FCC report a mixed bag for Comcast-AT&T merger

Jun 10, 2002  •  Post A Comment

In a move that could augur ill or well for Comcast’s proposed acquisition of AT&T Broadband, a Federal Communications Commission study released last week contended that a cable company serving 27 percent of the nation’s multichannel TV households has just about as much clout over programming as one reaching 51 percent.
Under the pro-merger argument, the finding can be seen as support for Comcast’s contention that the merger would not give it dramatic new power over the programming marketplace.
With the merger, Comcast’s subscriber count would rise to anywhere from 30 percent to 40 percent, depending on whether AT&T’s investment in Time Warner Entertainment is included in the mix.
“That’s the home-run point from Comcast’s point of view,” said one industry source, who asked not to be identified.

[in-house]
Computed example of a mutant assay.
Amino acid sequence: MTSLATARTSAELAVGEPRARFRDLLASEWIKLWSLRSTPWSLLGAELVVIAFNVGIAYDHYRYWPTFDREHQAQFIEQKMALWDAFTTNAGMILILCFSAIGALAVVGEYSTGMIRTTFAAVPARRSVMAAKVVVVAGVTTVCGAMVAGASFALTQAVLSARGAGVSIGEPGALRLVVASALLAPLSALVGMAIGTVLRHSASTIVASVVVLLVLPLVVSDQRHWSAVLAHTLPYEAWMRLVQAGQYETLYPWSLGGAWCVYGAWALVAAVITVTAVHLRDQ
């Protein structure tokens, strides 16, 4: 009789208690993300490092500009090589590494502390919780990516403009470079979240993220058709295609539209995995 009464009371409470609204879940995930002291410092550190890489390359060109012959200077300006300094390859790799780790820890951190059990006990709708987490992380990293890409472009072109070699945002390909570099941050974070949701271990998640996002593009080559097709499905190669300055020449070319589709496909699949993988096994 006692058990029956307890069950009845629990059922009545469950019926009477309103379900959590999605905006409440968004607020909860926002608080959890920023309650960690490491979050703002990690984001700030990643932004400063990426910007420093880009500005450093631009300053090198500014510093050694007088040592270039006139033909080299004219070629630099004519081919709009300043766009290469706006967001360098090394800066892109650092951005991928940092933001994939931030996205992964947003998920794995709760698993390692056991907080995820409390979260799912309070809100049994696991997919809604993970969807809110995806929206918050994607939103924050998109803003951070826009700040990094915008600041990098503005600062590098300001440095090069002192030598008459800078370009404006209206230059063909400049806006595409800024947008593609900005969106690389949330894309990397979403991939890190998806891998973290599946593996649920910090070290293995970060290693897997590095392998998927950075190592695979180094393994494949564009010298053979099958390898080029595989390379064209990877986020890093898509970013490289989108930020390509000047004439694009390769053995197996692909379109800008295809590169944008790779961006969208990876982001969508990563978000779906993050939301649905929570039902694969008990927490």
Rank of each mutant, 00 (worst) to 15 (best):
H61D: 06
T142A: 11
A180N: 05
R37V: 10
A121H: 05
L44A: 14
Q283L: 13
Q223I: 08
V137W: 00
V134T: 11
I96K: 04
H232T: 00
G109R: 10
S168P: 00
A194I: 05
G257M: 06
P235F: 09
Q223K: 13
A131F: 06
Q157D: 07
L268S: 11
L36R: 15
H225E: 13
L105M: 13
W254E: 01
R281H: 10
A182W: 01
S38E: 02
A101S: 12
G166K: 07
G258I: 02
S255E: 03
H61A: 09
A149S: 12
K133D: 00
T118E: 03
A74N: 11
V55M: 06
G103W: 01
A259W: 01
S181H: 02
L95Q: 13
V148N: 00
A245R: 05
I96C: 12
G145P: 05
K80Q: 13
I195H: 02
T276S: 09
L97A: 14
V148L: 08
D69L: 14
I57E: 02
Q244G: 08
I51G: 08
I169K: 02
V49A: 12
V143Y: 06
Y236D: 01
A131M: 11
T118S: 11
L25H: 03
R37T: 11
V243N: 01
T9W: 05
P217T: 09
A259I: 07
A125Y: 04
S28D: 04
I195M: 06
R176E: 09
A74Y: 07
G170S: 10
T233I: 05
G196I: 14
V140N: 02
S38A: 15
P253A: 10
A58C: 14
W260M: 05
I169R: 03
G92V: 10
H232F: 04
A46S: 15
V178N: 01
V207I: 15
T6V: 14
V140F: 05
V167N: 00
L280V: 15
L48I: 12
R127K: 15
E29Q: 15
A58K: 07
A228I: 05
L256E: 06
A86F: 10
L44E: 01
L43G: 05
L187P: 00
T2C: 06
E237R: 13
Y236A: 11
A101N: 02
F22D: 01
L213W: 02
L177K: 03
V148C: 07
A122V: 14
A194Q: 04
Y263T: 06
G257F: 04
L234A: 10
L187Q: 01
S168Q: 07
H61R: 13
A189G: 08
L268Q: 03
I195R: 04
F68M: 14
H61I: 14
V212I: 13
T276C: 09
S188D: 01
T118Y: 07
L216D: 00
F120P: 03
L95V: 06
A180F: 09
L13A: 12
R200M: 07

But critics said the agency’s finding also supports the argument that cable companies should be barred from reaching 27 percent.
Andrew Schwartzman, president of the activist Media Access Project, said the study’s essential moral is the idea that “increased concentration poses serious problems.”
At deadline, representatives of the National Cable & Telecommunications Association, Comcast and AT&T were declining comment.
But an industry source said the study found that a cable company with a 27 percent reach in the marketplace is operating at “very close to full efficiency” from an economic point of view.
Media Access Project’s Mr. Schwartzman, meanwhile, said that if the study had been available a couple of years ago, it is “quite possible” that the agency could have successfully defended an FCC rule that bars cable operators from owning systems reaching more than 30 percent of the nation’s TV subscribers.
Questioning the rule’s justification, a federal appeals court ordered the agency to reconsider the rule last year.